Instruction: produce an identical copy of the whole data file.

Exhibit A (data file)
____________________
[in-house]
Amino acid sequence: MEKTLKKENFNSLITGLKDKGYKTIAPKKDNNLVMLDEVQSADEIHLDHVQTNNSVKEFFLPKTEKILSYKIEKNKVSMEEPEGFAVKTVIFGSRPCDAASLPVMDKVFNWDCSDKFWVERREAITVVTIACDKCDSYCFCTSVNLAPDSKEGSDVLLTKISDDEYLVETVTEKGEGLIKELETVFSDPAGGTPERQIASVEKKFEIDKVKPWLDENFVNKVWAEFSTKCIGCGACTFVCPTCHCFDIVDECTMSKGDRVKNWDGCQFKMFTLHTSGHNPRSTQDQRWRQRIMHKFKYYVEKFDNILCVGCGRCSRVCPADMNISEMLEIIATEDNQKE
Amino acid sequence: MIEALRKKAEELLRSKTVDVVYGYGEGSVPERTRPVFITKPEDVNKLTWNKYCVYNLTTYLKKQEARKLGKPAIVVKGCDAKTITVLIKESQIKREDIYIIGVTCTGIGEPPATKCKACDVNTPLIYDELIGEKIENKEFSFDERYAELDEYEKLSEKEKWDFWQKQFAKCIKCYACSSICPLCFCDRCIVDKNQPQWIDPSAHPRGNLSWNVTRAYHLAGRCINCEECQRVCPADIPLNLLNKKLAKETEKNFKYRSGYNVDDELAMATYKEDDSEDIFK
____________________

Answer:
[in-house]
Amino acid sequence: MEKTLKKENFNSLITGLKDKGYKTIAPKKDNNLVMLDEVQSADEIHLDHVQTNNSVKEFFLPKTEKILSYKIEKNKVSMEEPEGFAVKTVIFGSRPCDAASLPVMDKVFNWDCSDKFWVERREAITVVTIACDKCDSYCFCTSVNLAPDSKEGSDVLLTKISDDEYLVETVTEKGEGLIKELETVFSDPAGGTPERQIASVEKKFEIDKVKPWLDENFVNKVWAEFSTKCIGCGACTFVCPTCHCFDIVDECTMSKGDRVKNWDGCQFKMFTLHTSGHNPRSTQDQRWRQRIMHKFKYYVEKFDNILCVGCGRCSRVCPADMNISEMLEIIATEDNQKE
Amino acid sequence: MIEALRKKAEELLRSKTVDVVYGYGEGSVPERTRPVFITKPEDVNKLTWNKYCVYNLTTYLKKQEARKLGKPAIVVKGCDAKTITVLIKESQIKREDIYIIGVTCTGIGEPPATKCKACDVNTPLIYDELIGEKIENKEFSFDERYAELDEYEKLSEKEKWDFWQKQFAKCIKCYACSSICPLCFCDRCIVDKNQPQWIDPSAHPRGNLSWNVTRAYHLAGRCINCEECQRVCPADIPLNLLNKKLAKETEKNFKYRSGYNVDDELAMATYKEDDSEDIFK